It was during this second move that tragedy struck. Mike and I were taking a carload of stuff over to the new apartment in the late evening, and the plants came out to the car all together in a cardboard box. When we got to the apartment, I realized the plants were not in the car. We went back to Kelly's, but it was not in the parking lot, either. It turned out that the box had been set on top of the car... and had actually not fallen off right away, but managed to stay on until we got out onto the highway.

It was probably mostly moving stress that caused me to have a complete breakdown and bawl uncontrollably over the torn leaves and mangled stems, as we retreived them from the road, packed them up and brought them to the new apartment. Once I was rational again I realized that a surprisingly large amount of the plants had remained undamaged as who knows how many cars drove over them (not too many; it was about half an hour). Everything that seemed viable I plunked in water again. I couldn't find the MiracleGro, but I had heard that you could feed a plant on sugar, so I put some corn syrup in the water, and that seemed to work for them, so I hadn't killed them yet.

Eventually, though, things took a turn for the worse. The funky mold or whatever it was came back to the water, but unlike last time it seemed to sharply disagree with the plants. Maybe it was a new mold, I'm not sure - all I know is that one by one, each surviving piece succumbed to whatever was killing them off. One leaf, separated from its stem but still viable, clung to glowing green health for a long time and even put out tiny root starts before finally becoming the most recent to expire - first wilting, then eventually drying out and turning brown. That was several months ago.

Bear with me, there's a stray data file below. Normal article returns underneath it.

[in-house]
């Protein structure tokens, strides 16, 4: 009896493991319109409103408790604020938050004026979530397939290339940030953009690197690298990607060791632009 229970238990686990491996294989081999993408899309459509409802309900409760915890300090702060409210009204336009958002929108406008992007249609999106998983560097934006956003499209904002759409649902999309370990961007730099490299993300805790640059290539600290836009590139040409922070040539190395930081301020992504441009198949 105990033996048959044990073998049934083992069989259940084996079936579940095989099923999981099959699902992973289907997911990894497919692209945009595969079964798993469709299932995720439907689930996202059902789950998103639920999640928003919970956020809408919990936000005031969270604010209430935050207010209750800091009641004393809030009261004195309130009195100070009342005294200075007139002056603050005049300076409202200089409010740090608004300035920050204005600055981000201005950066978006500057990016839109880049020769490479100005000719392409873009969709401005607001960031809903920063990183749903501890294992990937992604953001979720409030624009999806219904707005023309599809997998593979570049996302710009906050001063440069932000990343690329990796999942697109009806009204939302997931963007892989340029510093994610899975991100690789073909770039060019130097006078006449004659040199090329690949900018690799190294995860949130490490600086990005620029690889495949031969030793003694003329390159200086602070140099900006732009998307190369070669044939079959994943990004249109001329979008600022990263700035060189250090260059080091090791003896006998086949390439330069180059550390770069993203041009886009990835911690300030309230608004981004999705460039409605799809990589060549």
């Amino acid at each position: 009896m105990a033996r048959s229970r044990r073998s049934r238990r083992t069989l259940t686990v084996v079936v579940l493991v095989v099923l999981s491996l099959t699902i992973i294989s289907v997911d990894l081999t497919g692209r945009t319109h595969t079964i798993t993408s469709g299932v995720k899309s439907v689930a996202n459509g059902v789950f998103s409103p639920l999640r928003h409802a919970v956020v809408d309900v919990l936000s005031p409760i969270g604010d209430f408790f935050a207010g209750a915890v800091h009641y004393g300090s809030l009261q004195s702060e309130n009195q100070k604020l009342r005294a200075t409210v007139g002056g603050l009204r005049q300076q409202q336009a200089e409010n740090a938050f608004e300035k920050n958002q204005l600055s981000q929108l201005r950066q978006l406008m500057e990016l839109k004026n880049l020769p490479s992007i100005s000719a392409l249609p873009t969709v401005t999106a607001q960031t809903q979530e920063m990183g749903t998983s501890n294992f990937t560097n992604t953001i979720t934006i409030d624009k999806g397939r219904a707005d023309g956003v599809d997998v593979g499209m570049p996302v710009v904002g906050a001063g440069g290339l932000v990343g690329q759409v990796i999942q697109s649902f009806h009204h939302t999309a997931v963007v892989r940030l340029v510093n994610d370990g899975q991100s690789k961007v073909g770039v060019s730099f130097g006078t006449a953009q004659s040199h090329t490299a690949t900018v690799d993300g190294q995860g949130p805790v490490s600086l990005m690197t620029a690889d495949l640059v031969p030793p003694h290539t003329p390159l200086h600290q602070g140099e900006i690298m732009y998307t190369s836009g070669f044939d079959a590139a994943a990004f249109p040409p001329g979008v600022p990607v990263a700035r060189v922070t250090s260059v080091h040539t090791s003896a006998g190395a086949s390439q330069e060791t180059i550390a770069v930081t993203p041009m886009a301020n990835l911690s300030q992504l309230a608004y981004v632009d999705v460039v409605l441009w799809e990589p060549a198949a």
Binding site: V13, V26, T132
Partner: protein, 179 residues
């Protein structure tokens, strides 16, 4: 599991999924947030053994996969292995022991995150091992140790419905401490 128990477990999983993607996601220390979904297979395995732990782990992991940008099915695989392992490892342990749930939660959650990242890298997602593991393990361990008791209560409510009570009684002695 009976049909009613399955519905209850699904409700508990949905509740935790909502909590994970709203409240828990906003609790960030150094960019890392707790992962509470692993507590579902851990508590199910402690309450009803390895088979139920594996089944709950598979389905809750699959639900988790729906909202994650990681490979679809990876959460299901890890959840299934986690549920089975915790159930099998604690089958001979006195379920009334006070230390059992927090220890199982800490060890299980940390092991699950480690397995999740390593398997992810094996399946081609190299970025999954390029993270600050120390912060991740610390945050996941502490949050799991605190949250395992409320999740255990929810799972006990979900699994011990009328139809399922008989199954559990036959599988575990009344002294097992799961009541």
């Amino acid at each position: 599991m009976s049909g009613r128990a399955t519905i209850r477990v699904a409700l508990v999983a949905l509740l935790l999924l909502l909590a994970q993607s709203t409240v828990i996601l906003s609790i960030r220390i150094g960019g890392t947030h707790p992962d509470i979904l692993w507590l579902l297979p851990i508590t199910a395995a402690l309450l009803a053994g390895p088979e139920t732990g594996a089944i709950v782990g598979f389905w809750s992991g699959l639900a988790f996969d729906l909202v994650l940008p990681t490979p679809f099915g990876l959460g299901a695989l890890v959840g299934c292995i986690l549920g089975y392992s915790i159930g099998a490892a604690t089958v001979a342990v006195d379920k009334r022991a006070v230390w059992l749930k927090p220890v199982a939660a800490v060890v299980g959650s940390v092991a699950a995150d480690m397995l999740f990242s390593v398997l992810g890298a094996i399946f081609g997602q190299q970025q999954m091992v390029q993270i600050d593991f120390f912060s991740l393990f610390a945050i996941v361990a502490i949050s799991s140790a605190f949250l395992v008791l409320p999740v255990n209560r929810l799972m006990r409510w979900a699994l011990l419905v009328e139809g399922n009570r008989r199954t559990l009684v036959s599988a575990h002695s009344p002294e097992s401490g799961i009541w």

In my room, at this moment, on top of a shelf, there is a scuffed tupperware bowl which holds, supported in an inch of potting soil, all that is left of a once bounteous display of flora. It is one stem, no leaves, no splits: just one segmented twist of plant life, lurking in a clear plastic dish, refusing to die. I water it, the soil dries out, I water it again. I have not got the heart to kill it, and I don't want it to die - but I do not know what to do to make it flourish again.



I was thinking about all this as I watered it tonight, and decided to write about it, because I was thinking of the experiences it had had, marveling at its survival, and wondering what I can do to help the poor thing. I respect it just for still being alive, but I wonder what that kind of life does to a tender young plant's psyche. If that were me, I might just be in a murderous rage at this point. I'm not too concerned, as it currently has no appendages, but if I ever turn up strangled in my sleep, just remember, I've pointed out the most likely suspect.